A gaming revolution: From niche industry to pop culture phenomenon

Gaming isn’t just a hobby – it’s a cultural force to be reckoned with. From redefining entertainment to shaping social interactions, gaming has left its mark on our cultural landscape, inspiring generations of gamers and non-gamers alike. — Photo by Alexey Savchenko on Unsplash

In the colourful world of pop culture, one entity has emerged victorious, wielding a controller in one hand and a headset in the other: video games.

What began as a humble pastime for a few button-mashing enthusiasts has morphed into a global phenomenon, leaving an indelible mark on our cultural landscape.

Once relegated to the shadowy corners of arcades, video games suddenly burst forth into the mainstream this millennium. The numbers don’t lie: the once niche hobby has transformed into a multi-billion-dollar industry, rivalling Hollywood blockbusters in terms of revenue and cultural influence.

From the iconic plumbers of Mushroom Kingdom to the battle-hardened soldiers of Call Of Duty, gaming has captured the hearts (and wallets!) of millions worldwide.

Today, it would be just as common to see someone clad in a Super Mario T-shirt as the Beatles; it wouldn’t be odd to see the Malaysian Philharmonic Orchestra enchanting audiences with the spellbinding music of open-world RPG (role-playing game) Genshin Impact, or surprising to find Pikachu brought to life by everyone’s favourite smart aleck Ryan Reynolds.

Likewise, it’s no wonder that in everyone’s current favourite Netflix sci-fi series, 3 Body Problem, based on Liu Cixin’s book, a VR game has been cleverly chosen as the platform for communication between the various players in the series.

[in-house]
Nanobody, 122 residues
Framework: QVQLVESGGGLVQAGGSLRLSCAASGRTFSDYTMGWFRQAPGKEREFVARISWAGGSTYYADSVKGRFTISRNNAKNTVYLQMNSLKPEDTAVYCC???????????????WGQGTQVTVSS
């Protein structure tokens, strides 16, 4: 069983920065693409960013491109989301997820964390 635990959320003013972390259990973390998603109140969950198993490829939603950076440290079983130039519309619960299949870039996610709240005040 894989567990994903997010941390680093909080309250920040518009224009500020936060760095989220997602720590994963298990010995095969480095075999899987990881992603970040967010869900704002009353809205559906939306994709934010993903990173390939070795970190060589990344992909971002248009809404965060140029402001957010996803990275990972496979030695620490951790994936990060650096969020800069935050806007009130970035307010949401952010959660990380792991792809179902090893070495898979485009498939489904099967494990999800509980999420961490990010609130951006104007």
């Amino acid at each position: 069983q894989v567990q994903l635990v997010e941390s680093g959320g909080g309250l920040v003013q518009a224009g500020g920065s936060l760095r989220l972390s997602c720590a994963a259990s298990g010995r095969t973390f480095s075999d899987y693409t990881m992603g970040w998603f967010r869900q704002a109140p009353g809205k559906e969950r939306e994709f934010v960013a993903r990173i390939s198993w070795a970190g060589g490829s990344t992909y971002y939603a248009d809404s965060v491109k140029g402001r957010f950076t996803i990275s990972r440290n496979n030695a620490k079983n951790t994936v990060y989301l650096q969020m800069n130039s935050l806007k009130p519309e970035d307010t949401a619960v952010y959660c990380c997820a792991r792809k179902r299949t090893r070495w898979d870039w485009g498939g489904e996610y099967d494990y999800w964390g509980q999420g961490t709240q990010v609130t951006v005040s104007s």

This fusion of virtual worlds with real-life entertainment is proof of gaming’s profound influence on our cultural tapestry. From blockbuster adaptations to subtle Easter eggs in popular TV shows, the tendrils of gaming culture have woven themselves into every facet of entertainment, leaving an indelible mark that transcends the boundaries of consoles and screens.

Pass the popcorn

This wasn’t always the case, of course. Video game movies struggled to gain any sort of footing in the 1990s. And it wasn’t until 2001’s Lara Croft: Tomb Raider that the genre finally made waves at the box office, thanks in part to the casting of Oscar-winner Angelina Jolie as Lara Croft.

The first Tomb Raider movie soared at the box office, partly due to the casting of Oscar-winner Angelina Jolie as Lara Croft. — Paramount PicturesThe first Tomb Raider movie soared at the box office, partly due to the casting of Oscar-winner Angelina Jolie as Lara Croft. — Paramount Pictures

Lara Croft brought the adventurous spirit of the gaming world to life on the silver screen. Captivating audiences with her daring escapades and archaeological exploits, the movie enraptured fans with its blend of action-packed sequences and gripping storytelling,” says gamer and movie buff Alex Thomas. “Jolie’s portrayal of the fearless heroine paved the way for future adaptations of video game franchises.”